Thom de Graaf

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Thom de Graaf
ThomdeGraaf2018.jpg
Thom de Graaf in 2018
Vice-President of the Council of State
Assumed office
1 November 2018
MonarchWillem-Alexander
Preceded byPiet Hein Donner
Parliamentary leader in the Senate
In office
9 June 2015 – 26 June 2018
Preceded byRoger van Boxtel
Succeeded byHans Engels
Parliamentary groupDemocrats 66
Member of the Senate
In office
7 June 2011 – 20 September 2018
Parliamentary groupDemocrats 66
Mayor of Nijmegen
In office
8 January 2007 – 1 February 2012
Preceded byGuusje ter Horst
Succeeded byWim Dijkstra (Ad interim)
Deputy Prime Minister
In office
27 May 2003 – 23 March 2005
Serving with Gerrit Zalm
Prime MinisterJan Peter Balkenende
Preceded byJohan Remkes
Roelf de Boer
Succeeded byLaurens Jan Brinkhorst
Minister for Governmental Reform
and Kingdom Relations
In office
27 May 2003 – 23 March 2005
Prime MinisterJan Peter Balkenende
Preceded byOffice established
Succeeded byAlexander Pechtold
Leader of the Democrats 66
In office
30 May 1998 – 22 January 2003
Preceded byEls Borst
Succeeded byBoris Dittrich
Parliamentary leader in the
House of Representatives
In office
30 May 1998 – 22 January 2003
Preceded byEls Borst
Succeeded byBoris Dittrich
In office
21 November 1997 – 19 May 1998
Preceded byGerrit Jan Wolffensperger
Succeeded byEls Borst
Parliamentary groupDemocrats 66
Member of the House of Representatives
In office
17 May 1994 – 27 May 2003
Parliamentary groupDemocrats 66
Personal details
Born
Thomas Carolus de Graaf

(1957-06-11) 11 June 1957 (age 62)
Amsterdam, Netherlands
NationalityDutch
Political partyDemocrats 66 (from 1977)
Children2 children
FatherTheo de Graaf (1912–1983)
ResidenceNijmegen, Netherlands
Alma materRadboud University Nijmegen
(Bachelor of Laws, Master of Laws)
OccupationPolitician · Civil servant · Jurist · Researcher · Management consultant · Nonprofit director · Trade association executive · Education administrator · Sport administrator · Professor
Website(in Dutch) Vice-President of the Council of State

Thomas Carolus "Thom" de Graaf (Dutch pronunciation: [ˈtoːmɑz də ˈɣraːf];[1] born 11 June 1957) is a Dutch politician of the Democrats 66 (D66) party and jurist. He is the Vice-President of the Council of State since 1 November 2018.

De Graaf attended the City Gymnasium Nijmegen from April 1969 until May 1975 and applied at the Radboud University Nijmegen in June 1975 majoring in Law obtaining an Bachelor of Laws degree in June 1977 and worked as a student researcher before graduating with an Master of Laws degree in July 1981. De Graaf served on the Municipal Council of Nijmegen from May 1978 until April 1979. De Graaf worked as a researcher at the Radboud University Nijmegen and the Centre for Parliamentary History from July 1981 until September 1985. De Graaf worked as a civil servant for the Ministry of the Interior from September 1985 until May 1994 for the department for Law Enforcement from September 1985 until February 1986 and as Deputy Director-General of the department for Legislative Affairs from February 1986 until August 1988 and as Deputy Director-General of the department for Legal Affairs from August 1988 until September 1991 and as Deputy Director-General of the department for Law Enforcement from September 1991 until May 1994. De Graaf served on the Municipal Council of Leiden from April 1990 until May 1994.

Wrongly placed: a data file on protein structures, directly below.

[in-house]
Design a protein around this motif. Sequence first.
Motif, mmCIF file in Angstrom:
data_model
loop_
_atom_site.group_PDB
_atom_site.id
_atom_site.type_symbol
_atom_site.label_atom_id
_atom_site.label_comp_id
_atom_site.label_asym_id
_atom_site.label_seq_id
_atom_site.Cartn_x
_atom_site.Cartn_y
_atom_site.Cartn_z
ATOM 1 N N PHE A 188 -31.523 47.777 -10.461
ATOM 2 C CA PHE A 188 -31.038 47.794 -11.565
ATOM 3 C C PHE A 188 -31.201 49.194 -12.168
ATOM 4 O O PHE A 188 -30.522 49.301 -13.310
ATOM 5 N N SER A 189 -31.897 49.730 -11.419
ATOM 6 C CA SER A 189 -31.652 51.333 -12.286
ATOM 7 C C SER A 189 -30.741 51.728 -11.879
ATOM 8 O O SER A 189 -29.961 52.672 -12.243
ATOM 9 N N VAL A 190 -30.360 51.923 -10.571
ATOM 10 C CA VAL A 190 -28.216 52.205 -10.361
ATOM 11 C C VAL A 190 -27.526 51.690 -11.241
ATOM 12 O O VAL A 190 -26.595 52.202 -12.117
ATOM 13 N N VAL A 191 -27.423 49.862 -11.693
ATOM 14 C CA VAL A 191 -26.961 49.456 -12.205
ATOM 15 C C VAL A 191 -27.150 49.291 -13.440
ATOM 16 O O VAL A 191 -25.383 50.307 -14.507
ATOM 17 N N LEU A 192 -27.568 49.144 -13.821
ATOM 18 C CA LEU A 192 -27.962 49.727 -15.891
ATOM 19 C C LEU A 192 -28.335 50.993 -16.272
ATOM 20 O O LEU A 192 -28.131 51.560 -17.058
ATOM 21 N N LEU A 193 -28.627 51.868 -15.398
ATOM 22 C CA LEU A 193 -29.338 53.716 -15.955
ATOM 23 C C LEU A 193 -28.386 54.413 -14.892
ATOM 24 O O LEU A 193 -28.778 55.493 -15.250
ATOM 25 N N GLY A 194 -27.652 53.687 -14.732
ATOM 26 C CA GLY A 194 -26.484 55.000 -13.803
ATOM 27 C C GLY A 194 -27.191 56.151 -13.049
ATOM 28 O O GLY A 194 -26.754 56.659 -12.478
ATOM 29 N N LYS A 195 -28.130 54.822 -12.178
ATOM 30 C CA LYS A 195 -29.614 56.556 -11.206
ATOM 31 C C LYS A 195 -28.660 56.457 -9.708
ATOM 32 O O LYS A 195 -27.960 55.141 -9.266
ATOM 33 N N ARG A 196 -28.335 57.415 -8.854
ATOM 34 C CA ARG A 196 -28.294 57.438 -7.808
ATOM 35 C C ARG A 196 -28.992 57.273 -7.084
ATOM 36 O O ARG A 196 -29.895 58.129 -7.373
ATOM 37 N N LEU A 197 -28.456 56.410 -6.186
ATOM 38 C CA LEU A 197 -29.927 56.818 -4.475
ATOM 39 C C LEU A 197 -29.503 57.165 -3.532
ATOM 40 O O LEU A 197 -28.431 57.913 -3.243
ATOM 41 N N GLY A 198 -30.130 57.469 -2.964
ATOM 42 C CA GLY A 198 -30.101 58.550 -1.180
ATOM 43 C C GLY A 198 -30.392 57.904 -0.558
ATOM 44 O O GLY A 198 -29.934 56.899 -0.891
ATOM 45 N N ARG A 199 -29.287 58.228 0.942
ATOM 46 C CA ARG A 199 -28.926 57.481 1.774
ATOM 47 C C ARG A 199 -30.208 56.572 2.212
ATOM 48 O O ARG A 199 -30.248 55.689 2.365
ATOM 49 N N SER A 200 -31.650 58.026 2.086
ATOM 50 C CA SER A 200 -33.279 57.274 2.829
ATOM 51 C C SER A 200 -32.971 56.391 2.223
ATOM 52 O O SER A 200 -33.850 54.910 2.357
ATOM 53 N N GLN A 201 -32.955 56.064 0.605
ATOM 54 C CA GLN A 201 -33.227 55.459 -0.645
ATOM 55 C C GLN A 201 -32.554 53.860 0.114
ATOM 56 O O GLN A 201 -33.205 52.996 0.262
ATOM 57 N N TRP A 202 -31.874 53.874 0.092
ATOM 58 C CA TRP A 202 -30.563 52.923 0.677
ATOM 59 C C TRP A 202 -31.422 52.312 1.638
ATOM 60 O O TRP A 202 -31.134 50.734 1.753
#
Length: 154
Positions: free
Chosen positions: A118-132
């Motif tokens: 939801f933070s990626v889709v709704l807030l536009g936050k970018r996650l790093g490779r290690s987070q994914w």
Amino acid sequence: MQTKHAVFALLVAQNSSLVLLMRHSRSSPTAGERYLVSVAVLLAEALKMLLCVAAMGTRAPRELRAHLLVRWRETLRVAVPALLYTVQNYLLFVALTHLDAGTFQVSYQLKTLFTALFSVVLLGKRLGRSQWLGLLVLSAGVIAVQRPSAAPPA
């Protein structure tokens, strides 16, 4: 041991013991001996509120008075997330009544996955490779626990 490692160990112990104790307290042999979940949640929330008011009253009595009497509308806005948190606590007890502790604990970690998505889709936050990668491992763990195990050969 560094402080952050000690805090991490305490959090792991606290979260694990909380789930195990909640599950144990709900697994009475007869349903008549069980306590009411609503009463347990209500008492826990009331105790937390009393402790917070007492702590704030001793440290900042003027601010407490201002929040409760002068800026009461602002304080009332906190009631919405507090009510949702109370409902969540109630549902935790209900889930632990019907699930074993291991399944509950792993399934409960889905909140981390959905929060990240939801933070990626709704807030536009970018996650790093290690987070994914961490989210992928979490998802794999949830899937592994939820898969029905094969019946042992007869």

De Graaf was elected as a Member of the House of Representatives after election of 1994, taking office on 17 May 1994 serving as a frontbencher and spokesperson for the Interior, Kingdom Relations, and Law enforcement and deputy spokesperson for Foreign Affairs and European Affairs. After the Parliamentary leader of the Democrats 66 in the House of Representatives Gerrit Jan Wolffensperger announced that he was stepping down as Parliamentary leader in the House of Representatives following increasing criticism on his leadership, the Democrats 66 leadership approached De Graaf as his successor, De Graaf accepted and became the Parliamentary leader in the House of Representatives, taking office on 21 November 1997. After the election of 1998 the new Leader of the Democrats 66 Els Borst was elected as a Member of the House of Representatives and became the Parliamentary leader, taking office on 19 May 1998. Following the cabinet formation of 1998 Borst opted to remain Minister of Health, Welfare and Sport in the Cabinet Kok II and unexpectedly announced that she was stepping down as Leader. De Graaf announced his candidacy to succeed her. De Graaf won the leadership election defeating fellow frontbencher Roger van Boxtel and was elected as Leader and Parliamentary leader, taking office on 30 May 1998. For the election of 2002 De Graaf served as the Lijsttrekker (top candidate). The Democrats 66 suffered a big loss, losing 7 seats and fell back as the seventh largest party and now had 7 seats in the House of Representatives. For the election of 2003 De Graaf served for a second time as Lijsttrekker. The Democrats 66 suffered another loss, losing 1 seat and now had 6 seats in the House of Representatives. On 22 January 2003 De Graaf announced he was stepping down as Leader and Parliamentary leader taking responsibility for the defeat but continued to serve in the House of Representatives as a frontbencher chairing the parliamentary committee for Kingdom Relations. Following the cabinet formation of 2003 De Graaf was appointed as Deputy Prime Minister and Minister for Governmental Reform and Kingdom Relations in the Cabinet Balkenende II, taking office on 27 May 2003. On 23 March 2005 De Graaf resigned after a proposed constitutional reform on elected-mayors was rejected by the Senate.